Obama To Veto 9/11 Legislation That Would Allow Victims’ Families to Sue Saudi Arabia
Today the White House confirmed that President Obama plans to veto legislation passed by both the U.S. House and the Senate that would allow families of 9/11 victims to sue Saudi Arabia through the U.S. court system.
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Family members issued a letter to President Obama on Sunday, September 15th stating that they intend to sue Saudi Arabia to “help to deter state-sponsored terrorism.” The state-sponsored terrorism allegations stem from several pages from the now infamous “28 pages” document that show several September 11 Hijackers were in contact with and received support from individuals connected to the Saudi government. Page 417 shows two 9/11 hijackers received cash from a member of the Saudi Royal Family. Several other pages also link hijackers to various members of the Saudi Royal family or members of the Saudi government.
Though the bipartisan bill was passed in both chambers of Congress, White House Press Secretary Josh Earnest told reporters during a daily press briefing Monday that Obama is holding steadfast to his opposition to it and will likely issue a veto.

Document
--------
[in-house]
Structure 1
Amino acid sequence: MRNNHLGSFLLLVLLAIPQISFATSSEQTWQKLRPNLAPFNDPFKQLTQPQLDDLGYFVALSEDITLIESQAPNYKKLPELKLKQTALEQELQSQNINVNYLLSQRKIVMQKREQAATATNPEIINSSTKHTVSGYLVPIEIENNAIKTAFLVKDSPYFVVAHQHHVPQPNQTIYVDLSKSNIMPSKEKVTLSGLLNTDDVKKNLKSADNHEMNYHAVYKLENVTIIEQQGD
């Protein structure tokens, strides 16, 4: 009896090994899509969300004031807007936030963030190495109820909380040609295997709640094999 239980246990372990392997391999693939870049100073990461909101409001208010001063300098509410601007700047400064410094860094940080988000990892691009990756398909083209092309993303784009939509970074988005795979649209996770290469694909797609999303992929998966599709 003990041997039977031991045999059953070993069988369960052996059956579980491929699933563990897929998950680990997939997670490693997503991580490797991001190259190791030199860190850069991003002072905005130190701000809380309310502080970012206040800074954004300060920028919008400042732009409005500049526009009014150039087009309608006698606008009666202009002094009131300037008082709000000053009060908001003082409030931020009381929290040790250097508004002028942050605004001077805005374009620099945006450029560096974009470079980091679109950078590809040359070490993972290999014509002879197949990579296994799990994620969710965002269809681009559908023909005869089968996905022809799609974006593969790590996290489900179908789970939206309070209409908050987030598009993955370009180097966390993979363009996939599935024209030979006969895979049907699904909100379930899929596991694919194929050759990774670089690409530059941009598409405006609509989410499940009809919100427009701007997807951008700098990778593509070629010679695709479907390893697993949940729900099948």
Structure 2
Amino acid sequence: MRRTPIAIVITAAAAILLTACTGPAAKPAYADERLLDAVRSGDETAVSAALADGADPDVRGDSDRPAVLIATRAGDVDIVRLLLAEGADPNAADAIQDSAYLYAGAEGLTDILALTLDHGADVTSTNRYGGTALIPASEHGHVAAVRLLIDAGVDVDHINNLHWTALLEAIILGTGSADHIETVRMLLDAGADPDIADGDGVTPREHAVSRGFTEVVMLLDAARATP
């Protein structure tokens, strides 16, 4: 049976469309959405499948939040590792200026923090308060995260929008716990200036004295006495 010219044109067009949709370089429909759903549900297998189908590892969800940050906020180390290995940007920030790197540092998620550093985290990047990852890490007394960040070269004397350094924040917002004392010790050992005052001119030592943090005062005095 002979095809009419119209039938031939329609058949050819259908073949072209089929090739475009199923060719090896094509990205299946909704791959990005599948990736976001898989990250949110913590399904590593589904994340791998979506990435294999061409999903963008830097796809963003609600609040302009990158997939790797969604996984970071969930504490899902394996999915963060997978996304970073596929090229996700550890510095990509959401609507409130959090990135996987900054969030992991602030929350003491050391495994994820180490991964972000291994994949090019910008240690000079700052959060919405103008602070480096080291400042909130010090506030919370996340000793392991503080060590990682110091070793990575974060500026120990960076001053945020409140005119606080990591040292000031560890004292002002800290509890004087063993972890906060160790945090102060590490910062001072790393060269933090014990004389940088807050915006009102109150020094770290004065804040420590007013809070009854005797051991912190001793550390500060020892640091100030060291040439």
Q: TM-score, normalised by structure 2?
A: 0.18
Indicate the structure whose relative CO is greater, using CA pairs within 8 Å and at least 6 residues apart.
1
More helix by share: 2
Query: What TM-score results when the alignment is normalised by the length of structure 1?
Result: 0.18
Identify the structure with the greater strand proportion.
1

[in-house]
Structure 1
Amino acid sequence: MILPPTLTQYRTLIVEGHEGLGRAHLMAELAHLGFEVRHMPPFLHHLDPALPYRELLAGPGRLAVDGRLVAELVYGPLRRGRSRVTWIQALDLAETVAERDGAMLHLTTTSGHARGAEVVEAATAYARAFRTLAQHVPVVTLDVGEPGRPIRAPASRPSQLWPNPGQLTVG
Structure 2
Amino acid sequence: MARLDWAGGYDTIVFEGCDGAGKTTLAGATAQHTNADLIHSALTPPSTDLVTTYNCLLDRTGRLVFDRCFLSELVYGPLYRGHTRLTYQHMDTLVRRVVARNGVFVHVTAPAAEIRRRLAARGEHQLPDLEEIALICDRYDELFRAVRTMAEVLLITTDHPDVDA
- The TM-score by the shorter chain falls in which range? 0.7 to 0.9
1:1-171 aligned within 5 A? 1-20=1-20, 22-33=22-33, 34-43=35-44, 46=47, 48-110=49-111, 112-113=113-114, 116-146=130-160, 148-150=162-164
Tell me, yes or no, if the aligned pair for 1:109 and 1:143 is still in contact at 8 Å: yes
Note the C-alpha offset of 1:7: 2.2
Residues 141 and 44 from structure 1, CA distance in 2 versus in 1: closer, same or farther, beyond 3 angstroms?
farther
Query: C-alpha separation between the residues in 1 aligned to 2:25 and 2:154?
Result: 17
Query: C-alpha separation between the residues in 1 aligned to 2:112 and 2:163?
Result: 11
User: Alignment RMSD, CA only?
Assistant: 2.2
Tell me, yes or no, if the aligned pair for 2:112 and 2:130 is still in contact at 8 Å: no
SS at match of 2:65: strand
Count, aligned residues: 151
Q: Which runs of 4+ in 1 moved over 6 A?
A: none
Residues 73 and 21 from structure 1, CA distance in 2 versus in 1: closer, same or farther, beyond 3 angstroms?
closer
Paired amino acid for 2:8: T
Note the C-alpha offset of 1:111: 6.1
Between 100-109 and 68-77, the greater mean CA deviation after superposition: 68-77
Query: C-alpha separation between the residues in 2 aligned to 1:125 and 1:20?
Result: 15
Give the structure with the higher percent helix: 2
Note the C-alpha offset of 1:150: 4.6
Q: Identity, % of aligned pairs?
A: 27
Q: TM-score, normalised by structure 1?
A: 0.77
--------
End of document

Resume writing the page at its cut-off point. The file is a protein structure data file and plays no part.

“That is still the plan. The president does plan to veto this legislation,” press secretary Josh Earnest told reporters. “I do anticipate the president will veto the legislation when it is presented to him. It hasn’t been presented to him yet.”
The Press Secretary reiterated the White House’s concerns with passing the bill saying, “It’s not hard to imagine other countries using this law as an excuse to haul U.S. diplomats or U.S. service members or even U.S. companies into courts all around the world.”
“The president believes that it’s important to look out for our country, to look out for our service members, to look out for these diplomats and allowing this bill to come into law would increase the risk that it would face,” he continued.
Earnest also conceded the “political potency” that the veto could possibly be overridden, though Congress has yet to successfully override a veto during Obama’s time in office.
Though in the past Earnest has hinted at the fact Obama would likely veto the legislation, his comments today were the greatest confirmation he has offered thus far.